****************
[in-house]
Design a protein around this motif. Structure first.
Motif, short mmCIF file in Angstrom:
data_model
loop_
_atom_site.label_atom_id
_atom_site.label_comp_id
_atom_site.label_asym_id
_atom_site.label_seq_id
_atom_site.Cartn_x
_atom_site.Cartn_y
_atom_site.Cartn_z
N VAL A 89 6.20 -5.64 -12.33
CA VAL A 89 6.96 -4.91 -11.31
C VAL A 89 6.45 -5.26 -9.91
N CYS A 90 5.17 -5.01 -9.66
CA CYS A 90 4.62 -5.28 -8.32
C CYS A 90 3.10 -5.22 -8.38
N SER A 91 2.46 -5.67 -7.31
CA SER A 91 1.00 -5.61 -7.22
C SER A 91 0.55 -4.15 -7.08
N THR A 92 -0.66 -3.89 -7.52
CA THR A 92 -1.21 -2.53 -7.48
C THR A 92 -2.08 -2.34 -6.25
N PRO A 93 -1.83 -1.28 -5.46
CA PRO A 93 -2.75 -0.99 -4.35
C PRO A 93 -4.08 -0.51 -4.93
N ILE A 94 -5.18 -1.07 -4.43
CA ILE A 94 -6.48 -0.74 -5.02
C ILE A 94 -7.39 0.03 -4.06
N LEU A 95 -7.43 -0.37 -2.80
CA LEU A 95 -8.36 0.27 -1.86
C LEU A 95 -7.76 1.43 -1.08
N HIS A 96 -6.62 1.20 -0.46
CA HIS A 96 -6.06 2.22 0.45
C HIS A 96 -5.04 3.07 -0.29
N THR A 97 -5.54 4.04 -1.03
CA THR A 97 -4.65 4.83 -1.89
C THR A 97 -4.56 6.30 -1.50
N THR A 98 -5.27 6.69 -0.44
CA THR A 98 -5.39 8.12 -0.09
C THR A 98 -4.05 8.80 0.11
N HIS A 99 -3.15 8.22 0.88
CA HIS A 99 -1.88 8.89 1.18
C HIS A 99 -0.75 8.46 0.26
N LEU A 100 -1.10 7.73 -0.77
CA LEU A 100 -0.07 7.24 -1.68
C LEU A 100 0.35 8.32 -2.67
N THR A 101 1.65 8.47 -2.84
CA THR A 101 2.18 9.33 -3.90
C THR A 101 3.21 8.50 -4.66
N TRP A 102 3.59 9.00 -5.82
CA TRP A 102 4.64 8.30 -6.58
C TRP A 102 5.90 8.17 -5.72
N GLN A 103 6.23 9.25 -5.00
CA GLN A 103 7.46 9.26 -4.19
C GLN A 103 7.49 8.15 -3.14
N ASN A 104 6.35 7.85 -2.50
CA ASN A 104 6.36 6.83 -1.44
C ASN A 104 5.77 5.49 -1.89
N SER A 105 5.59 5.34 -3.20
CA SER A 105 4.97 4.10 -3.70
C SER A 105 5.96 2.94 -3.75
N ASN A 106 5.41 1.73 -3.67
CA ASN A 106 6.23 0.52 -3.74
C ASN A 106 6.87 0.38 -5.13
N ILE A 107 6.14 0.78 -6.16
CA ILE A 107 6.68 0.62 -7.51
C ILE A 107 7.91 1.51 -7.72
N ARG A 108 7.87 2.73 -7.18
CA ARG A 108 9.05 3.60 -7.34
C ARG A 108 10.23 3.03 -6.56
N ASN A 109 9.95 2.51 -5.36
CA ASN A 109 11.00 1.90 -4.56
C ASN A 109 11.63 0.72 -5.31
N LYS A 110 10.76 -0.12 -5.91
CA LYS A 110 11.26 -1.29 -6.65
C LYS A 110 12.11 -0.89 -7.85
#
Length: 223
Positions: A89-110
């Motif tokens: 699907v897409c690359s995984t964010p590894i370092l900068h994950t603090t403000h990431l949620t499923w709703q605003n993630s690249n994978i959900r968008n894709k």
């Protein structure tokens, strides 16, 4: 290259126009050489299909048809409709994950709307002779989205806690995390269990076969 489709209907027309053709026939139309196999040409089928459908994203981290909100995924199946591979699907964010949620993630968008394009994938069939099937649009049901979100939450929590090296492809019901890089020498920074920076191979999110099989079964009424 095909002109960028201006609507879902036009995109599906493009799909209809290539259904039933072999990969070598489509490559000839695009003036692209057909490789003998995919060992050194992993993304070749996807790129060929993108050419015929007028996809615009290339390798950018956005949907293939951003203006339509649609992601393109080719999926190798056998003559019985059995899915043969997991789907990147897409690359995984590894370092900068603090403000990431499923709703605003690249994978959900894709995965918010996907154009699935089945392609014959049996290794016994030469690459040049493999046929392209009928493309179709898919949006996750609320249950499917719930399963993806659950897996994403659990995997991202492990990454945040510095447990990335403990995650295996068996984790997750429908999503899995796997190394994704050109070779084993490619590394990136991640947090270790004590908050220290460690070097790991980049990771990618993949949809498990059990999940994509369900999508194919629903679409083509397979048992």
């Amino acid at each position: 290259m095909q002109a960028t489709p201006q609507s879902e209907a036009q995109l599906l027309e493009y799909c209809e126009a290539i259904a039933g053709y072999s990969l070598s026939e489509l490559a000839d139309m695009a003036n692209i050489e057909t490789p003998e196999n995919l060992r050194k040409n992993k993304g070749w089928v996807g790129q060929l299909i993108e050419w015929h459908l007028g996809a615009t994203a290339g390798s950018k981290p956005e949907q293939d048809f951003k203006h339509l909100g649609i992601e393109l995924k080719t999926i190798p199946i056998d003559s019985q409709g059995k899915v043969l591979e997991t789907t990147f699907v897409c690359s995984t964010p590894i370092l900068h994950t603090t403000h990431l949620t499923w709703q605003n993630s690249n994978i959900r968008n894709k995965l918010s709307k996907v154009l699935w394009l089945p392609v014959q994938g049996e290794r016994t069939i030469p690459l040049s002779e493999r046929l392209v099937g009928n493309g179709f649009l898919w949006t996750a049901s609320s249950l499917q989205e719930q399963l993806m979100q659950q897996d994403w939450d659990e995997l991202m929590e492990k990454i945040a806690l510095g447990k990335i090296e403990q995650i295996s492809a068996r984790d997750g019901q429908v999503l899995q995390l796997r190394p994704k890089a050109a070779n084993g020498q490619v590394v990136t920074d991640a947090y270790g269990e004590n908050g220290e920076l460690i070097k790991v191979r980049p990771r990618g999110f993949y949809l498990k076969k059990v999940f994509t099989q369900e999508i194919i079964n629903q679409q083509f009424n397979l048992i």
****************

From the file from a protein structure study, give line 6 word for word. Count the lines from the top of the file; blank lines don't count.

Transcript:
_atom_site.label_atom_id